So what is going to happen to poor Philip?

The next day, Dikaiopolis' brother takes them to see that doctor he's heard about.
There's a little trouble on the way. What is it? And how does Dikaiopolis solve it?
There's more bother at the doctor's door? What is it? And how is that problem solved to everybody's satisfaction?
So here, finally, they are in the presence of the great man who, they hope, will cure Philip's eyes. What is the outcome of the doctor's examination?
Big problem! How can they get to Epidaurus: on foot? Why not? By boat? What's problematic here?
Why Epidaurus anyway? What is there at Epidaurus that you don't find in Athens?
How does it all end?

The story is told in the past tense for the most part, with some present tense forms thrown in, both for vividness of narration - and because we haven't learnt the aorist forms of those verbs yet.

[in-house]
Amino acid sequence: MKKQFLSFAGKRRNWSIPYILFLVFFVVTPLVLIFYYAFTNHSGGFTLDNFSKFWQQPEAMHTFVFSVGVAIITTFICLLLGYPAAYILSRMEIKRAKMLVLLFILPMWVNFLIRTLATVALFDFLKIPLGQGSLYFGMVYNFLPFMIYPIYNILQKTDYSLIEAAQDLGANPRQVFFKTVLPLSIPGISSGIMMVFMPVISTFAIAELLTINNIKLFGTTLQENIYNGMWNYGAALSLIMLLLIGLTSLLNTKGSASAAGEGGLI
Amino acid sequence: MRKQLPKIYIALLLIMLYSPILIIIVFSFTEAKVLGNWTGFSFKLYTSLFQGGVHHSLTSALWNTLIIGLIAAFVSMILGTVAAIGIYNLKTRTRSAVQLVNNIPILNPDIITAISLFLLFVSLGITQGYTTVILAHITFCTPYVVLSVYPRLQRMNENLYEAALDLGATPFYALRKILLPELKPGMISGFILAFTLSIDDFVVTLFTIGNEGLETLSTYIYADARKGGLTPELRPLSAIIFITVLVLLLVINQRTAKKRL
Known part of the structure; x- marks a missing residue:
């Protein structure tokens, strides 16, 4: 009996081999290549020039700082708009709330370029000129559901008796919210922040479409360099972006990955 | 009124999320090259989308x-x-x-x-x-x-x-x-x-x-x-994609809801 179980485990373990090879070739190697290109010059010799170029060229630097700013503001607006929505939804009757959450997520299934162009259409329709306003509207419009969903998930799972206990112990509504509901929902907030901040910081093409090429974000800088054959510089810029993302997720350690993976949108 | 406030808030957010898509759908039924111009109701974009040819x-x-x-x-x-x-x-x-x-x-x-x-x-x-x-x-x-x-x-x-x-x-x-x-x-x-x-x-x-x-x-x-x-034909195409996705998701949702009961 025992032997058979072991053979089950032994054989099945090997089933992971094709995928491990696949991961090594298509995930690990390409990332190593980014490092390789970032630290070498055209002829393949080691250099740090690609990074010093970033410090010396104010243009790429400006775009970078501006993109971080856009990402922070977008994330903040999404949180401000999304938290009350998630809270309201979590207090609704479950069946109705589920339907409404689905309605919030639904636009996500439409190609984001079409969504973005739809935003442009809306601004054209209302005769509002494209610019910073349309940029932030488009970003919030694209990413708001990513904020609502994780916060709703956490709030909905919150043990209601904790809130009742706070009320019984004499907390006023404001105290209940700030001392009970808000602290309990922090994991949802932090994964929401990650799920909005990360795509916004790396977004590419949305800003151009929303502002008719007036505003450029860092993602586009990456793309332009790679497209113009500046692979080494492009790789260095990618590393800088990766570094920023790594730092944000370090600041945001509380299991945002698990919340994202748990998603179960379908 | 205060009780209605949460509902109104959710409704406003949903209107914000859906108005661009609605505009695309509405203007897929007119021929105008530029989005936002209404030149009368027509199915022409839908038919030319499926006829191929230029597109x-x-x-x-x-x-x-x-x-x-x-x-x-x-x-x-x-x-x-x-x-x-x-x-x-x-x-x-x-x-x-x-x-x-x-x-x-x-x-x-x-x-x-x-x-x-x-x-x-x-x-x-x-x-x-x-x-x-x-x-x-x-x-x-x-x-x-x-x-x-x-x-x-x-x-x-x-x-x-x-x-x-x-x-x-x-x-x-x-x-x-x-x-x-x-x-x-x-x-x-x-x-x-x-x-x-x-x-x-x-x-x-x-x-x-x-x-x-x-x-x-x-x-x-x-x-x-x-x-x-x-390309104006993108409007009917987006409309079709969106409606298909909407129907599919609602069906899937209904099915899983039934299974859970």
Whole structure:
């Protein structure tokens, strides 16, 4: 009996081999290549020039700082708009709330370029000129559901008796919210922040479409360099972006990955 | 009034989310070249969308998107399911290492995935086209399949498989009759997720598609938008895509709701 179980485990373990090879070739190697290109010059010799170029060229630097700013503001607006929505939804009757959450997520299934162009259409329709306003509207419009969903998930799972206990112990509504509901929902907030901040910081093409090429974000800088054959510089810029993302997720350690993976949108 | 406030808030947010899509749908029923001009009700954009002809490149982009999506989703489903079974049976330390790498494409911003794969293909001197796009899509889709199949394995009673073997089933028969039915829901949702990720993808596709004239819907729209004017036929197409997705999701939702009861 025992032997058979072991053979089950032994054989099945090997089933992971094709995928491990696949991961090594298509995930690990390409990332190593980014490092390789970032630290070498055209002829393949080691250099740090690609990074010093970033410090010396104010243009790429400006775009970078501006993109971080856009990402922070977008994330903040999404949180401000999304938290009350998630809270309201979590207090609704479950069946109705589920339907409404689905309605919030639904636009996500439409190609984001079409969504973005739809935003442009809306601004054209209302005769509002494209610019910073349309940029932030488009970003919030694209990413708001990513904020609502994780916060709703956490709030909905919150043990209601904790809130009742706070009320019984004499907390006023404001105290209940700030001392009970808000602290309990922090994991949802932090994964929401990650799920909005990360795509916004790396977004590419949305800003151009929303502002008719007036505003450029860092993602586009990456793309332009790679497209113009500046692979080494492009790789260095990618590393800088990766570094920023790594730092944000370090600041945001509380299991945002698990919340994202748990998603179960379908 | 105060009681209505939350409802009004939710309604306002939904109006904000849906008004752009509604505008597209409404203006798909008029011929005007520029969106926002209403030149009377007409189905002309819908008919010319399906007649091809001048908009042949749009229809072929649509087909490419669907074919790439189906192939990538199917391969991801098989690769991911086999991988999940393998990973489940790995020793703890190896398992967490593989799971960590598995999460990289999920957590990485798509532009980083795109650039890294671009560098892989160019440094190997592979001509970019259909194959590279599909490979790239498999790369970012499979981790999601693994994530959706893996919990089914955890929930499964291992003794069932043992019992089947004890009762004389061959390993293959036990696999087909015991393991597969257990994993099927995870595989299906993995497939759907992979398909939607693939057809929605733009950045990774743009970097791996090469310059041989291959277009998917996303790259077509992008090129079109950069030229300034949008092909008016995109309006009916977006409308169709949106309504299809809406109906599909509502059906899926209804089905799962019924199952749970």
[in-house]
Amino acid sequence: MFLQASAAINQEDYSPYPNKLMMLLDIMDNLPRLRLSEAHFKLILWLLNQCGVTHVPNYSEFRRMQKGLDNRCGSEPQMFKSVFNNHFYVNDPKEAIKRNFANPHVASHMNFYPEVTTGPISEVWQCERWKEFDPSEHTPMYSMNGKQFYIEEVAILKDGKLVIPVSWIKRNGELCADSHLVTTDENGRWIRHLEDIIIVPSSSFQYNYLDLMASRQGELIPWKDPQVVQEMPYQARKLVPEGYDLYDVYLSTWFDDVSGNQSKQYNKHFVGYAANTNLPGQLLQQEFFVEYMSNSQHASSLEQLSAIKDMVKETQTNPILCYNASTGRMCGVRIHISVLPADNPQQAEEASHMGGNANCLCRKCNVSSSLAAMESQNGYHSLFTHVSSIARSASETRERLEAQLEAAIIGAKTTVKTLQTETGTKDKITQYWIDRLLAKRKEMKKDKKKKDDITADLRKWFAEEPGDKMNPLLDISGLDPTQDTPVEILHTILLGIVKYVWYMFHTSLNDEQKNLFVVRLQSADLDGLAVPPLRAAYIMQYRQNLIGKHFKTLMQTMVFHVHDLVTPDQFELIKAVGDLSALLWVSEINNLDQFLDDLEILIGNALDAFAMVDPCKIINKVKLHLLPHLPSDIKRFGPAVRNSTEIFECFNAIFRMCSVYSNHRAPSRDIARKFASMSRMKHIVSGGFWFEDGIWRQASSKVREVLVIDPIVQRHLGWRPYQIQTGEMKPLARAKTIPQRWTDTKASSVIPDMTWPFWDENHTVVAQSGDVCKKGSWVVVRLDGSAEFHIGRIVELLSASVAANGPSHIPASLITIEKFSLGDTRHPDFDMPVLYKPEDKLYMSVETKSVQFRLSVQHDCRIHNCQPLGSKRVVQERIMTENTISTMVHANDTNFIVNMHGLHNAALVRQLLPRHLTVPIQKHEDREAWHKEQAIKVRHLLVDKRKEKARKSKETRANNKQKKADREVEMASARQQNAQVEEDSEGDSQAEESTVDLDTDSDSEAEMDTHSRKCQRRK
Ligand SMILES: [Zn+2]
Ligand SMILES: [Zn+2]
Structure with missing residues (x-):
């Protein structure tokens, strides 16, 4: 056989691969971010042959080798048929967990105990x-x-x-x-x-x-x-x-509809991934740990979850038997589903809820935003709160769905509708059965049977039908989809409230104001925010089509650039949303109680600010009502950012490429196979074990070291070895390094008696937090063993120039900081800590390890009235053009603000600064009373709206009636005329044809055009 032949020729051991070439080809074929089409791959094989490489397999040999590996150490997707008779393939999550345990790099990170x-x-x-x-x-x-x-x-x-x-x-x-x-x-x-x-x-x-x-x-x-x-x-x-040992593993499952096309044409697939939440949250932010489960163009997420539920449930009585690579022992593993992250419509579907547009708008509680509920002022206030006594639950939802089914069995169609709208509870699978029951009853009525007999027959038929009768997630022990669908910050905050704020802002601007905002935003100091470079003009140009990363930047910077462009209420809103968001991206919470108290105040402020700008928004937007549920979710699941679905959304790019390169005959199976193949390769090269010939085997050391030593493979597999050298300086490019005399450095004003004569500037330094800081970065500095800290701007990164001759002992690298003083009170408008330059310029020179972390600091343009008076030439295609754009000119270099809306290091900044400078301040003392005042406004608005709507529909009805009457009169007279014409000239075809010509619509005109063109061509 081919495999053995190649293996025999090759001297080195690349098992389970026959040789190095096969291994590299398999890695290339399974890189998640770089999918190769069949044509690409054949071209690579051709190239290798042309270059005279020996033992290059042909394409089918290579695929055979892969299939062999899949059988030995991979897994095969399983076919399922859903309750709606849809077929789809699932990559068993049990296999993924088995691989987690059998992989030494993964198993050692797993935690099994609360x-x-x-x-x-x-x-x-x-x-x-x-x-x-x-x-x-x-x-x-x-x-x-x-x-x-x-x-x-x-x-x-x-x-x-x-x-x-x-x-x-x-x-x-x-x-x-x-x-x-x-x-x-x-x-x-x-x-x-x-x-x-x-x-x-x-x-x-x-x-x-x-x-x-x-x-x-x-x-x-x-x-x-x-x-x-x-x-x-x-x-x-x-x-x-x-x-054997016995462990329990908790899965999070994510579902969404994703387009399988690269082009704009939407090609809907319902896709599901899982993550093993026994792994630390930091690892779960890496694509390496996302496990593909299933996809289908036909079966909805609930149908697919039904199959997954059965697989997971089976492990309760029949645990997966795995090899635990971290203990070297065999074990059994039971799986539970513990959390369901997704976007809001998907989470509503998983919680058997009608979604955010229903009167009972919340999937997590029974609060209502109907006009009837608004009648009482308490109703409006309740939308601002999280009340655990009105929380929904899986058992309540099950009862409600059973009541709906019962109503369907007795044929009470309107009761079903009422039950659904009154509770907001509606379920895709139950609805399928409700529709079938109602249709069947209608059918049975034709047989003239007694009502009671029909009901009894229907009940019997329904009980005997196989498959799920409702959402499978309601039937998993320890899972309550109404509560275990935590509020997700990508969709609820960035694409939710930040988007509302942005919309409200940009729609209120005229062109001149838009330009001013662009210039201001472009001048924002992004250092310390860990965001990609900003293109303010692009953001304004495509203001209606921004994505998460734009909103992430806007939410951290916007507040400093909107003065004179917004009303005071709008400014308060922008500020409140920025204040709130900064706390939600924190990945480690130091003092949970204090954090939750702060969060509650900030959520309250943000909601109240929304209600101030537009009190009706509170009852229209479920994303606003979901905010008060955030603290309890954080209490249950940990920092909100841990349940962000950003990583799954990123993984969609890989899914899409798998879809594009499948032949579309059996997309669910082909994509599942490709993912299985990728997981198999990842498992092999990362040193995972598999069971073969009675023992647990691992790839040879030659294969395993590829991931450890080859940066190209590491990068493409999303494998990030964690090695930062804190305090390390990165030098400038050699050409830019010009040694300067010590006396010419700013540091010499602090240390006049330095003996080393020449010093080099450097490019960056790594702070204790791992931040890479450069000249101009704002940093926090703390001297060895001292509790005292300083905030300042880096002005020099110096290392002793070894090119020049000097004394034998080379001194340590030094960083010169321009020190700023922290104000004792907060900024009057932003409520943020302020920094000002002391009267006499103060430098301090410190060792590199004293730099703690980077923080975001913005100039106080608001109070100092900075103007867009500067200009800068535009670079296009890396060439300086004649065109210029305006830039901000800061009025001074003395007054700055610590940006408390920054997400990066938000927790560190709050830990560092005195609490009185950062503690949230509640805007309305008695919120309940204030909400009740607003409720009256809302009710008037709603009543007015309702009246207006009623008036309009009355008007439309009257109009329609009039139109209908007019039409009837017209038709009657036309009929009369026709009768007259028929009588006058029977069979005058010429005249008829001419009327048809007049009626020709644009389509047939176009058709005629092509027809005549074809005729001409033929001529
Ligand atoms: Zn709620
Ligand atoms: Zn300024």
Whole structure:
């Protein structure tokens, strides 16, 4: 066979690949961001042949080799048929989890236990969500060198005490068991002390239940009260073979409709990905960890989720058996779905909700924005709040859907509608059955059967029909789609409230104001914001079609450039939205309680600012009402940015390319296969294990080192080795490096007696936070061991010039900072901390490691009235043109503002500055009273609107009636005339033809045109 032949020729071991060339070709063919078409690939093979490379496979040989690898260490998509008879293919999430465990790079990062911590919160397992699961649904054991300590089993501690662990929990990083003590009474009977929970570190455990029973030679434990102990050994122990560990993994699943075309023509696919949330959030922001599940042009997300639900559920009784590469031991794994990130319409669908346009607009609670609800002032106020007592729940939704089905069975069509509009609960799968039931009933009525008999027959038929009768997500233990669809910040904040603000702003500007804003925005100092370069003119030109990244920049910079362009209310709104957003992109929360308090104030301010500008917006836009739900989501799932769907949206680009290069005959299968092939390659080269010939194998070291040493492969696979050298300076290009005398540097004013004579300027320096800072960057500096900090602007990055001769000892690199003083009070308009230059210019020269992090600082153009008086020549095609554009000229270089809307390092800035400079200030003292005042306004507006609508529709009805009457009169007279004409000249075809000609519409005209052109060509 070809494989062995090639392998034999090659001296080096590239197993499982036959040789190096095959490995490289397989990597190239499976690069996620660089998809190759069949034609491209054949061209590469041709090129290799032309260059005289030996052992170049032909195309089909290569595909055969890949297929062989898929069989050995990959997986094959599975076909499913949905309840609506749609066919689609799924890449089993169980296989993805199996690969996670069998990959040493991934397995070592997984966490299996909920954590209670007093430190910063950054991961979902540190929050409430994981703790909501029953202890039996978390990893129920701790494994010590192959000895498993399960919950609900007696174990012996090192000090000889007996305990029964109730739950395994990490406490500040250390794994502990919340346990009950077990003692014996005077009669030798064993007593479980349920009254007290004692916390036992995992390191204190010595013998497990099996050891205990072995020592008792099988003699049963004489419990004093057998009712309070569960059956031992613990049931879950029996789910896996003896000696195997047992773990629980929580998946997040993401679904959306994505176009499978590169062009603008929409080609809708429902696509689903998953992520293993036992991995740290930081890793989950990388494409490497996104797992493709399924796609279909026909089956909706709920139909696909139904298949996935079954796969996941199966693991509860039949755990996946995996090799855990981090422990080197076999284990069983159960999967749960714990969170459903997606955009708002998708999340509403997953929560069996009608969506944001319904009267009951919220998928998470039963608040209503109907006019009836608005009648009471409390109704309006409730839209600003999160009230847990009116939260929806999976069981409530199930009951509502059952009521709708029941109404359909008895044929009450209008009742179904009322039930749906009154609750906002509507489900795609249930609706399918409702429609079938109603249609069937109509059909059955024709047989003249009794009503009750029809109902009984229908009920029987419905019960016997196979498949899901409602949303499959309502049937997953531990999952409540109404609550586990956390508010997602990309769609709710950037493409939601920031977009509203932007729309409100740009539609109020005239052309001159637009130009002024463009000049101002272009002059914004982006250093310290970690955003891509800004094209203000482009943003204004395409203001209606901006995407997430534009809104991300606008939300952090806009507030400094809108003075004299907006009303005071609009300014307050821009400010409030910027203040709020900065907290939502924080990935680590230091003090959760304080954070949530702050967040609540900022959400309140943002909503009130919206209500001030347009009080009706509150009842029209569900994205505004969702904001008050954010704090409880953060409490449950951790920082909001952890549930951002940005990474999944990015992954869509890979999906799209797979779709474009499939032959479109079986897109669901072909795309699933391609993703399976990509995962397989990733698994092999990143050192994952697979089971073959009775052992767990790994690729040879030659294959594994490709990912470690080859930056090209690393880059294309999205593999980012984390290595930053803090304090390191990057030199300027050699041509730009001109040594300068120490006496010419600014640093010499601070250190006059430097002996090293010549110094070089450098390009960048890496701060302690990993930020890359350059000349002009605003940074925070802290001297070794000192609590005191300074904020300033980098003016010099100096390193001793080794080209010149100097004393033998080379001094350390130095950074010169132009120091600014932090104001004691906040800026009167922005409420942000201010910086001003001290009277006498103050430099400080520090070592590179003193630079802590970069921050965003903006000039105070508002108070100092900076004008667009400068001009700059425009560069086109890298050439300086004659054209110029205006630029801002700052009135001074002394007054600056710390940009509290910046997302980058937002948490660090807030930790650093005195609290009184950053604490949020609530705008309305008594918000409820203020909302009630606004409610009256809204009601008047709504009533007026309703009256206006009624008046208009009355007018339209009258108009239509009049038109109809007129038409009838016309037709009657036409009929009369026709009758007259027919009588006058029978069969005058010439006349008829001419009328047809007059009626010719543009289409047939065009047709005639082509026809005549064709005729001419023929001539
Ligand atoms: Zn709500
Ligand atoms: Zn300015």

Compare to English:  

Yesterday I went downtown to get myself a new printer. I'm walking past the Bannerman Bank when the door is flung open and 2 masked men come charging out, wildly waving lolly-pops around. They jump into a waiting car and take off as if a hundred devils with little red-hot tridents were after them. What was all that about?
That's what I mean by "present tense forms for past tense events", in Greek, like in English. (To make those events more immediate, as if we were living them now.)